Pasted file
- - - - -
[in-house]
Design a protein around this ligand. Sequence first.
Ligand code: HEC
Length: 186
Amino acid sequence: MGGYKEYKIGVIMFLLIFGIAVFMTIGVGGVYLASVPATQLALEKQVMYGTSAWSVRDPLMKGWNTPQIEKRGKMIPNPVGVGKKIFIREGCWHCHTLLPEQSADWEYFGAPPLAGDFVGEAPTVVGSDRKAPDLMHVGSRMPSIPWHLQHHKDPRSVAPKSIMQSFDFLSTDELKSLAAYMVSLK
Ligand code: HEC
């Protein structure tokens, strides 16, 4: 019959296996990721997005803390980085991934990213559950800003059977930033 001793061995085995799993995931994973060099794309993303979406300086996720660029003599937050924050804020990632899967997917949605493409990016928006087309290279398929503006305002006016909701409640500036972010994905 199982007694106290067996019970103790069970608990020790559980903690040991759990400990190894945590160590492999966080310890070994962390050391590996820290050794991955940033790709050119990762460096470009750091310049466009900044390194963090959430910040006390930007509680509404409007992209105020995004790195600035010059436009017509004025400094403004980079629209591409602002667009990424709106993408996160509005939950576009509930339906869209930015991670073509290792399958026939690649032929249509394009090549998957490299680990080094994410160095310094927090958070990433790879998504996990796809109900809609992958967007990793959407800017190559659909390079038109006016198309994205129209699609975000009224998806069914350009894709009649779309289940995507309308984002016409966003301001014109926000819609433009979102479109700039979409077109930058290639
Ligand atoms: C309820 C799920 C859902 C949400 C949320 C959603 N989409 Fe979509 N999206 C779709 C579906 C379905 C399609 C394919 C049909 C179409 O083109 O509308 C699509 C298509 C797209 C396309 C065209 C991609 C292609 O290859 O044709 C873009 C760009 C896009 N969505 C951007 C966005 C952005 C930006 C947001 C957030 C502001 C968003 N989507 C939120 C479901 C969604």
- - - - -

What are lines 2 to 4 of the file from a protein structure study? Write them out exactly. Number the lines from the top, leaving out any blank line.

Design a protein around this ligand. Sequence first.
Ligand code: HEC
Length: 186